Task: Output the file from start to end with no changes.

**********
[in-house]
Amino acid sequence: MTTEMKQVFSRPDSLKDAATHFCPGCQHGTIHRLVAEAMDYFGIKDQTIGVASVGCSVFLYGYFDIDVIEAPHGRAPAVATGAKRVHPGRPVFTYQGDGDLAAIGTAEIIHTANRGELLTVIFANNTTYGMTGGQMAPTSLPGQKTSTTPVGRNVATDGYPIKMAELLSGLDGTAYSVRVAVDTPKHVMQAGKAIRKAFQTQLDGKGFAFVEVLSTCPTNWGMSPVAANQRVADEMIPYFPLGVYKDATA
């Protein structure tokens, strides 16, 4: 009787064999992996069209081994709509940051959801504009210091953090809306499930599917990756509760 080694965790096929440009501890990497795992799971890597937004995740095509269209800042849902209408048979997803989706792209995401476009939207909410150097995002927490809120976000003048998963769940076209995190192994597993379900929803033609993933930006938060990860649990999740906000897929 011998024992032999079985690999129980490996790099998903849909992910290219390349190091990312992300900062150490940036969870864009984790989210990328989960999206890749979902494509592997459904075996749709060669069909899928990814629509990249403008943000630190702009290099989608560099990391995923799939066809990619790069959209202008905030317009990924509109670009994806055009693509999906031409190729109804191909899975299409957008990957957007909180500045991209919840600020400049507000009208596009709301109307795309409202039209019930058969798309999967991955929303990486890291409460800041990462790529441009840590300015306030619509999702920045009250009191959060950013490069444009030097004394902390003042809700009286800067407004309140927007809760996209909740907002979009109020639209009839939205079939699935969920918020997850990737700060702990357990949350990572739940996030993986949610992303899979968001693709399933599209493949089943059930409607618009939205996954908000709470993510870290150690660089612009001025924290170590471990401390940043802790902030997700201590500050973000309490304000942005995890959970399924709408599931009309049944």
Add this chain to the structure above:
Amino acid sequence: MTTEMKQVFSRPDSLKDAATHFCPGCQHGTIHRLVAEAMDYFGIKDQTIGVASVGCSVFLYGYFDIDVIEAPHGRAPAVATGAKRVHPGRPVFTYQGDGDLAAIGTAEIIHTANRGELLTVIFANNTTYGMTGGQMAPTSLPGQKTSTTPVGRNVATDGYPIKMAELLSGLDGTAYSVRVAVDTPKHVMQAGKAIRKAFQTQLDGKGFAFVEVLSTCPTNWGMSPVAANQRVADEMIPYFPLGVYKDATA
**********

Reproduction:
[in-house]
Amino acid sequence: MTTEMKQVFSRPDSLKDAATHFCPGCQHGTIHRLVAEAMDYFGIKDQTIGVASVGCSVFLYGYFDIDVIEAPHGRAPAVATGAKRVHPGRPVFTYQGDGDLAAIGTAEIIHTANRGELLTVIFANNTTYGMTGGQMAPTSLPGQKTSTTPVGRNVATDGYPIKMAELLSGLDGTAYSVRVAVDTPKHVMQAGKAIRKAFQTQLDGKGFAFVEVLSTCPTNWGMSPVAANQRVADEMIPYFPLGVYKDATA
């Protein structure tokens, strides 16, 4: 009787064999992996069209081994709509940051959801504009210091953090809306499930599917990756509760 080694965790096929440009501890990497795992799971890597937004995740095509269209800042849902209408048979997803989706792209995401476009939207909410150097995002927490809120976000003048998963769940076209995190192994597993379900929803033609993933930006938060990860649990999740906000897929 011998024992032999079985690999129980490996790099998903849909992910290219390349190091990312992300900062150490940036969870864009984790989210990328989960999206890749979902494509592997459904075996749709060669069909899928990814629509990249403008943000630190702009290099989608560099990391995923799939066809990619790069959209202008905030317009990924509109670009994806055009693509999906031409190729109804191909899975299409957008990957957007909180500045991209919840600020400049507000009208596009709301109307795309409202039209019930058969798309999967991955929303990486890291409460800041990462790529441009840590300015306030619509999702920045009250009191959060950013490069444009030097004394902390003042809700009286800067407004309140927007809760996209909740907002979009109020639209009839939205079939699935969920918020997850990737700060702990357990949350990572739940996030993986949610992303899979968001693709399933599209493949089943059930409607618009939205996954908000709470993510870290150690660089612009001025924290170590471990401390940043802790902030997700201590500050973000309490304000942005995890959970399924709408599931009309049944």
Add this chain to the structure above:
Amino acid sequence: MTTEMKQVFSRPDSLKDAATHFCPGCQHGTIHRLVAEAMDYFGIKDQTIGVASVGCSVFLYGYFDIDVIEAPHGRAPAVATGAKRVHPGRPVFTYQGDGDLAAIGTAEIIHTANRGELLTVIFANNTTYGMTGGQMAPTSLPGQKTSTTPVGRNVATDGYPIKMAELLSGLDGTAYSVRVAVDTPKHVMQAGKAIRKAFQTQLDGKGFAFVEVLSTCPTNWGMSPVAANQRVADEMIPYFPLGVYKDATA